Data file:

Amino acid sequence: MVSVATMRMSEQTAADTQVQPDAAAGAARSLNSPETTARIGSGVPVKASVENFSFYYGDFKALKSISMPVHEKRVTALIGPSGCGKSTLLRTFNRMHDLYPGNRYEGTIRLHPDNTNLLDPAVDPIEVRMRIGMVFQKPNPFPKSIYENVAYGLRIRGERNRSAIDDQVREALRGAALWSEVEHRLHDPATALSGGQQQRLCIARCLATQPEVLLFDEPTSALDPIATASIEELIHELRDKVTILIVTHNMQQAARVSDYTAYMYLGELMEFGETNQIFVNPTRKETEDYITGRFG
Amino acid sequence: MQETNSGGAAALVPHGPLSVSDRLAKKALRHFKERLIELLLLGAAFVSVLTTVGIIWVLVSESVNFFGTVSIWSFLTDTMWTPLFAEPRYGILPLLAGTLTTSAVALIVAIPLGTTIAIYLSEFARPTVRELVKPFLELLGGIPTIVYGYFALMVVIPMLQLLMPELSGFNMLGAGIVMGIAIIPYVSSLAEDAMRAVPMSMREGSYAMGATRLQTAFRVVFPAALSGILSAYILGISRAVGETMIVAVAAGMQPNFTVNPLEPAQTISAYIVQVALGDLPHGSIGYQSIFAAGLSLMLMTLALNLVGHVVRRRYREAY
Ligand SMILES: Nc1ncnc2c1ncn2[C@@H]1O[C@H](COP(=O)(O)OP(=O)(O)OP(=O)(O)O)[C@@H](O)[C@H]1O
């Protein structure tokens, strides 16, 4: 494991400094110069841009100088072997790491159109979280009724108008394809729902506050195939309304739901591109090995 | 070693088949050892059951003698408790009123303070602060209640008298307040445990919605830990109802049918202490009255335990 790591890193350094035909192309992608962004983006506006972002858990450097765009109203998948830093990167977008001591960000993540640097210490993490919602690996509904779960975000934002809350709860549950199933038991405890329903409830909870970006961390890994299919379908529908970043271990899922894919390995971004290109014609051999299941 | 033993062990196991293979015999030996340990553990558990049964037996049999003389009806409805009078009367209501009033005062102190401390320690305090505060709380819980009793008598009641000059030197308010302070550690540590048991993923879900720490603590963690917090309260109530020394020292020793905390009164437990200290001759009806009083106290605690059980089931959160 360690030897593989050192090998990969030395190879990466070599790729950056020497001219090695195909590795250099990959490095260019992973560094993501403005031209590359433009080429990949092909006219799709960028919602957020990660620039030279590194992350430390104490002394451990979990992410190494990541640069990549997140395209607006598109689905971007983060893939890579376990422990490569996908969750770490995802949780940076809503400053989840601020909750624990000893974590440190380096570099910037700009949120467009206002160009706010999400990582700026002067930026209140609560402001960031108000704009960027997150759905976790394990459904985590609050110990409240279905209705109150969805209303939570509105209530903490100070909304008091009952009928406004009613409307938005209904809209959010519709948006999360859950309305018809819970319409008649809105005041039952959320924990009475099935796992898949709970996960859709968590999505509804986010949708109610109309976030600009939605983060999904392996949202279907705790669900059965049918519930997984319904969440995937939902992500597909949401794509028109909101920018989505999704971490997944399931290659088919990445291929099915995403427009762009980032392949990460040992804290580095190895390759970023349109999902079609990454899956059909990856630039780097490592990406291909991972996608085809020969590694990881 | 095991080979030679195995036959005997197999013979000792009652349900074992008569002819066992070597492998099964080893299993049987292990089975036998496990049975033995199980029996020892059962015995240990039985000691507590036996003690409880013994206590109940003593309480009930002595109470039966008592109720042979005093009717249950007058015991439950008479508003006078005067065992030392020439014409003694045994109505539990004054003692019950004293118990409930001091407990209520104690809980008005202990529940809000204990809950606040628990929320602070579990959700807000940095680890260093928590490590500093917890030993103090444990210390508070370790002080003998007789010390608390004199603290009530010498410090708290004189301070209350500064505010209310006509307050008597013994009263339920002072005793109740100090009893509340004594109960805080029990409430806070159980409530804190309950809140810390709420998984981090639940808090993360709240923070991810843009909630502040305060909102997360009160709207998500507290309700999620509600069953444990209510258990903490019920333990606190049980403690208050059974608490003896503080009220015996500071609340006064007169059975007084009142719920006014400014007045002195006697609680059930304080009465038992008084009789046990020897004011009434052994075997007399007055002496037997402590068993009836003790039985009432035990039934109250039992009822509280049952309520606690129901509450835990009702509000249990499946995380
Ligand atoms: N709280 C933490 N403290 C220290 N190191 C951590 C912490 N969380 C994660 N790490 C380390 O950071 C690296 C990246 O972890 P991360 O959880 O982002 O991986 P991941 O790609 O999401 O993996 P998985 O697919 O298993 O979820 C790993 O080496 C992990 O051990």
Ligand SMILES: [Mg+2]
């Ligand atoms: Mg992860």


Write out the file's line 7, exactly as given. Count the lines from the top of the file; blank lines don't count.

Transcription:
């Ligand atoms: Mg992860």